Unless you worked your way to the top of Enron that is. down.gif

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It's pretty safe to say that if we take all of man kinds accumulated knowledge, we still don't know everything. So, I hope you understand why I don't believe you know everything. But then again, maybe you do.
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Slugman
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PostSun May 15, 2005 1:54 pm 
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Columbus was exploring the world, Christa McAuliff was advancing human knowledge, Ed Viesturs was merely putting another notch  on his belt. No public good of any kind could possibly have come from his climb, it was a purely personal achievement with no value to anyone in the world except him. So your two comparative examples are very poor examples. A much better analogy would be a race-car driver or sky-diver other thrill-seeker risking death for purely personal reasons and no general benefit to humanity at all. Except that what he did was far more dangerous than either of those examples. It's not even like he was the first to climb the mountain!

So I admire him from the standpoint of his accomplishment being very difficult. But I don't admire him from the standpoint of risking terrible emotional hurt to his innocent children just for his own personal benefit. Now he can sit back and say "I'm the only American who has ever done this inherently useless thing, whoopee!" If he had been killed, his gravestone should have said "Left his family behind in a pursuit of a totally worthless belt notch."

The purpose of my comments here is not to slam the guy. He lives his own life with no advice from me. I was just trying to point out that it wasn't all hard work and ticker-tape parades. There was real risk that children would be emotionally damaged for life in the pursuit of something with no value whatsoever to society. So I hope his accomplishment is worth it to him for the risks he took. He is obviously a very driven person, so it probably is.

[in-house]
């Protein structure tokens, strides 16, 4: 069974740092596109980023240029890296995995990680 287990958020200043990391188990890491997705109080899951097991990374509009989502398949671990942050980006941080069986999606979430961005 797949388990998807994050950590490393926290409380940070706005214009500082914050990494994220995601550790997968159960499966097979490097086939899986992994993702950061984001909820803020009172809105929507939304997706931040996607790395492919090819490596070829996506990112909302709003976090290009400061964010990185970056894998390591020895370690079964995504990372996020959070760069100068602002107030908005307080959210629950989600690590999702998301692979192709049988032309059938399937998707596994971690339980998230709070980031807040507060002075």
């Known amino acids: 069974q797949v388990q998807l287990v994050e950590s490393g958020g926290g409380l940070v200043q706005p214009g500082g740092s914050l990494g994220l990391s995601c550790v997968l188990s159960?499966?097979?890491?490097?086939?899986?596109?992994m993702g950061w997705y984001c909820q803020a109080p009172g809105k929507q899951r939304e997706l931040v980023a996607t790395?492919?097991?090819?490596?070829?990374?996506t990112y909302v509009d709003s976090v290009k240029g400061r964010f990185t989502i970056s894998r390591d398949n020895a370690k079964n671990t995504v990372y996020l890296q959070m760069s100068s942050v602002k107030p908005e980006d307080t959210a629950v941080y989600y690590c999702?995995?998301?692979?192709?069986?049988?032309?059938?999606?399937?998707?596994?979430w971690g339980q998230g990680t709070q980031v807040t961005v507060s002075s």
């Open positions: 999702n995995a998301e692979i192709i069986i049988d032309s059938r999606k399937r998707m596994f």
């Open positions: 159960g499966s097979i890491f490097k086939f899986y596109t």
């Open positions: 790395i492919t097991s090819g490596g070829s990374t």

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"There is a pleasure in the pathless woods, There is a rapture on the lonely shore. There is society where none intrudes, By the deep sea, and music in its roar: I love not man the less, but nature more..."  Childe Harold
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Snowshoe Hare
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PostSun May 15, 2005 3:18 pm 
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Oh baloney, Columbus was out for his own personal glory and advancement as much as anyone, and doing it in a far riskier way than Viesturs. I disagree that Viesturs accomplishment adds nothing to society- it serves as another inspiring example of accomplishing goals and what we are capable of doing in the face of daunting challenges. So what if he wasn't the first to conquer Annapurna- that wasn't the point of the climb- it was to be among the select few that have summited the 14 highest points on Earth- and without supplemental oxygen. I'd say from a physiological point of view alone people like him can be (and are) studied for medical science, adding something to society. Sure he has chosen to take part in a risky way of life, but from all evidence he certainly isn't reckless about it and has even been chided for being so "safe". You just can't win. I see you acknowledged this in the other Viesturs thread,  calling him a bigger hero for that, not a lesser one.  confused.gif  So I guess that is along the lines he is a heroic climber but not father in that sense? Yes, I would feel better if parents wouldn't subject their children to possibly being father or motherless, but it's speculative to say how "emotionally damaged" they would be. Some would take it better than others. It's interesting how many children of killed mountaineers take up the activity later in life. Got to be in their blood.
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UGH
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PostSun May 15, 2005 3:55 pm 
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Slugman wrote:
his wife looked ready to cry. His wife was amazingly open and forthright with the interviewer. She talked about actually hating him at times during the night .

Hmmmmmmmmm ...

"Viesturs and long time climbing partner Veikka Gustafsson of Finland, ... Viesturs and Gustafsson, traveling extremely light to save weight on the arduous climb from Annapurna's camp two, had only a single down sleeping bag to share in their tent for two nights "